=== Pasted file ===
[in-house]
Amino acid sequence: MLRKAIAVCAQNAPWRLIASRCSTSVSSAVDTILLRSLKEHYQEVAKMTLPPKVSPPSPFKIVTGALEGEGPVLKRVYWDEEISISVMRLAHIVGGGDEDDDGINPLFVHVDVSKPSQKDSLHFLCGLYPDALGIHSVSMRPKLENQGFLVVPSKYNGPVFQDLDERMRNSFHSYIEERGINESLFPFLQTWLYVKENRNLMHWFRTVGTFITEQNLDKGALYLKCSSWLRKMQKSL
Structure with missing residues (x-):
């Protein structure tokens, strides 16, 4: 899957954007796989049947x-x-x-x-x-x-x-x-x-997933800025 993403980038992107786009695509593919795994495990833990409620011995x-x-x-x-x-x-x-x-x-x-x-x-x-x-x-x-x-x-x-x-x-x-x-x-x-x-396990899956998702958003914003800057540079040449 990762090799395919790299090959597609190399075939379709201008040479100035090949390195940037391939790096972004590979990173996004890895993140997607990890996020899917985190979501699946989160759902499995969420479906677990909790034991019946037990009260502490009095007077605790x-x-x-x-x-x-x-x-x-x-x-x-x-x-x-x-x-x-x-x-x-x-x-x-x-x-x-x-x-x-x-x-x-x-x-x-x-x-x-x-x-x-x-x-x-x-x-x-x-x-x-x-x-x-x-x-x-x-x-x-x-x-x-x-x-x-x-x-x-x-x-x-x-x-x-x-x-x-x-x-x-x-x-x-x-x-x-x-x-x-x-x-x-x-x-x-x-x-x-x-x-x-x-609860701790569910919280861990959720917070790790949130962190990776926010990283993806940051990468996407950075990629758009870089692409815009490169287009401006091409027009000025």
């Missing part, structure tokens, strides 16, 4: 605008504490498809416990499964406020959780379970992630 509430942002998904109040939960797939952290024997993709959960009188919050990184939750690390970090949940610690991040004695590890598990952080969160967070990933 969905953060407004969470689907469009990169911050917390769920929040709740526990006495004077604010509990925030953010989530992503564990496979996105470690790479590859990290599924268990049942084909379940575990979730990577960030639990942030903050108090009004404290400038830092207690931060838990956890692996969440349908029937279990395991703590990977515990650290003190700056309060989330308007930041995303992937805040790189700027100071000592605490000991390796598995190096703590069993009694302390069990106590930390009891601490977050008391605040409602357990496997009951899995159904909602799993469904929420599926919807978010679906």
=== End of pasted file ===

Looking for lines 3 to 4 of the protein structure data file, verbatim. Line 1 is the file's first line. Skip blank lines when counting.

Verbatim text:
Structure with missing residues (x-):
């Protein structure tokens, strides 16, 4: 899957954007796989049947x-x-x-x-x-x-x-x-x-997933800025 993403980038992107786009695509593919795994495990833990409620011995x-x-x-x-x-x-x-x-x-x-x-x-x-x-x-x-x-x-x-x-x-x-x-x-x-x-396990899956998702958003914003800057540079040449 990762090799395919790299090959597609190399075939379709201008040479100035090949390195940037391939790096972004590979990173996004890895993140997607990890996020899917985190979501699946989160759902499995969420479906677990909790034991019946037990009260502490009095007077605790x-x-x-x-x-x-x-x-x-x-x-x-x-x-x-x-x-x-x-x-x-x-x-x-x-x-x-x-x-x-x-x-x-x-x-x-x-x-x-x-x-x-x-x-x-x-x-x-x-x-x-x-x-x-x-x-x-x-x-x-x-x-x-x-x-x-x-x-x-x-x-x-x-x-x-x-x-x-x-x-x-x-x-x-x-x-x-x-x-x-x-x-x-x-x-x-x-x-x-x-x-x-x-609860701790569910919280861990959720917070790790949130962190990776926010990283993806940051990468996407950075990629758009870089692409815009490169287009401006091409027009000025």